The Southwest

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The U.S. - Mexican Border: El Camino Real

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May 9, 2015 —
Route 28 from El Paso to Mesilla is also known as El Camino Real. On my second day home, my sister Elisa and I drove on El Camino Real towards Mesilla, which is a historic neighborhood abutting Las Cruces, NM. I've traveled on this road along the border of Texas and New Mexico many times, but this time I was struck with this sign overlooking this mass patch of dirt that at one time was a raging river.

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History: In 1598, Spanish Conquistador Juan de Oñate and his followers founded the first European settlements along the upper Rio Grande. The new road from Mexico City to Santa Fe became the Camino Real. This Royal Road covered 1,500 miles and linked the New Mexico provinces to the religion, language, and architecture of the colonial capital. North of Las Cruces, the marshy overflowing riverbanks became impassable for caravans on the Camino Real. Travelers chose instead to travel on the Jornada del Muerto, or Journey of the Dead Man.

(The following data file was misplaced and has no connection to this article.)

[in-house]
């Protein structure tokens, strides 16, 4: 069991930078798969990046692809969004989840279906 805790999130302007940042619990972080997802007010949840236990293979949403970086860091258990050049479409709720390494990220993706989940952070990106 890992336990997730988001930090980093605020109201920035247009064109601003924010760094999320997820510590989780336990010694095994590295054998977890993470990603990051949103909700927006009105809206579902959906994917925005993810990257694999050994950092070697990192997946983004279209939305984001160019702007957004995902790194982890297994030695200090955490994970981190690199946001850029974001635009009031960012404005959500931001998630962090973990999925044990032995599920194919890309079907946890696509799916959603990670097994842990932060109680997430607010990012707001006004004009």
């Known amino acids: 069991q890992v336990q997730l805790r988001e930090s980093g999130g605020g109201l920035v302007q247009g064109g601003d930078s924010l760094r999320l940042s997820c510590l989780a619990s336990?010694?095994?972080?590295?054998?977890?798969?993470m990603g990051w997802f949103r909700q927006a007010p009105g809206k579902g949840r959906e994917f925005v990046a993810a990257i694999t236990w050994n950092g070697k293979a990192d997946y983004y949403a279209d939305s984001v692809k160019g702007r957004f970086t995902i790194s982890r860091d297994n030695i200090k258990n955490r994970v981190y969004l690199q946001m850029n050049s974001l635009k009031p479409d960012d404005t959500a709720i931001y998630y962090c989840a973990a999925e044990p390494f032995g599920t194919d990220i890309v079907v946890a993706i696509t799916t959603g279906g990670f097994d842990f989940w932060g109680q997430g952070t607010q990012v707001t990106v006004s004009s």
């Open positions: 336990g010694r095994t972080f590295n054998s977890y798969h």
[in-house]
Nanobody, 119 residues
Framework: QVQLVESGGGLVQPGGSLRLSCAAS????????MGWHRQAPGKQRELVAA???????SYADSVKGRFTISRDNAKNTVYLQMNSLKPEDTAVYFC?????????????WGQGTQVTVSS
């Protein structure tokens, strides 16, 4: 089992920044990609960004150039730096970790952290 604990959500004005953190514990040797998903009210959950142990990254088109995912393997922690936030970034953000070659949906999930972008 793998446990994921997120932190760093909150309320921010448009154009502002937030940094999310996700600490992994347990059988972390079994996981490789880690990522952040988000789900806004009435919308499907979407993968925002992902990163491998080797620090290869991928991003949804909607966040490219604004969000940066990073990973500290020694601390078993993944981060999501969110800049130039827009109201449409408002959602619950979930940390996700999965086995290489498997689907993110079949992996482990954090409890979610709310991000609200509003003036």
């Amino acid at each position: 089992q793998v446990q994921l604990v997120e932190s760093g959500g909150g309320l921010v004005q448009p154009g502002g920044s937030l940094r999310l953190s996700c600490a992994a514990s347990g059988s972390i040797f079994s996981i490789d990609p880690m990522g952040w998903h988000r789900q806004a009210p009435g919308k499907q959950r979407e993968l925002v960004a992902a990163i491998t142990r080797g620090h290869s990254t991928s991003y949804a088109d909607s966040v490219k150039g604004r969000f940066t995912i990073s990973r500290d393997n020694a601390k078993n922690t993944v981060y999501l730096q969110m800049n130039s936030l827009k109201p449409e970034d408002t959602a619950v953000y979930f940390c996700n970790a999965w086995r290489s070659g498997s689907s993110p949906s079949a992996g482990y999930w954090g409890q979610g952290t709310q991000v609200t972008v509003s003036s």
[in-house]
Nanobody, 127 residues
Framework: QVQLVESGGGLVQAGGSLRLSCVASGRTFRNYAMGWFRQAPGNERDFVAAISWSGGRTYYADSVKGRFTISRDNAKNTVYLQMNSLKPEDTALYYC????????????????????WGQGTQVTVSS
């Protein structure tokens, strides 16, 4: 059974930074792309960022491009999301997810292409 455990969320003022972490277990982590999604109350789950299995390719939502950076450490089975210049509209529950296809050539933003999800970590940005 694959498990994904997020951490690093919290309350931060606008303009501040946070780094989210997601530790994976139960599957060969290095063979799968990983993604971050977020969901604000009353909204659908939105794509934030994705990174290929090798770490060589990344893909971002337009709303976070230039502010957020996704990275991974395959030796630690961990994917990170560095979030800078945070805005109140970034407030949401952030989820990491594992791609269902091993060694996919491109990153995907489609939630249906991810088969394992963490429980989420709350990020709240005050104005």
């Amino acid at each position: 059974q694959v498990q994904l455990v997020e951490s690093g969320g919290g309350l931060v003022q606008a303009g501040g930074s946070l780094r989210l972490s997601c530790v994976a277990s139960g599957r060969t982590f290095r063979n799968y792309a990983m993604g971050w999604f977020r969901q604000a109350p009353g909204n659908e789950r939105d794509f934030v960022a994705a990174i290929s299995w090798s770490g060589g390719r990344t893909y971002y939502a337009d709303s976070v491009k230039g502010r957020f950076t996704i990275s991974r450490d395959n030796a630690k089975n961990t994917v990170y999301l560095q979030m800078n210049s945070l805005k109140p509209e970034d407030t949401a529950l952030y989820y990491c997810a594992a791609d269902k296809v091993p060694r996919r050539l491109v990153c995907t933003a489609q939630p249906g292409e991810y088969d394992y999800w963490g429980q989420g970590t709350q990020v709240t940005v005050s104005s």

As teenagers, Elisa and I with friends, came to this section of the Rio Grande armed with large tire tubes ready to ride the flowing Rio Grande River. On this trip, we both remark at how sad it is to see it so dry and barren. Water control is imperative here due to decades of drought. The flow of water between Mesilla and Elephant Butte dam on either side of this area is barricaded every August and not reopened again until the following June. When this happens, pecan farmers in the area are forced to use underwater irrigation, and at the same time, they take advantage of this system by adding fertilizer and pesticide to the water to feed their crop.

Don Juan de Oñate and his men would not have survived this trek if the river looked like this because they relied on water to stay hydrated and for survival.

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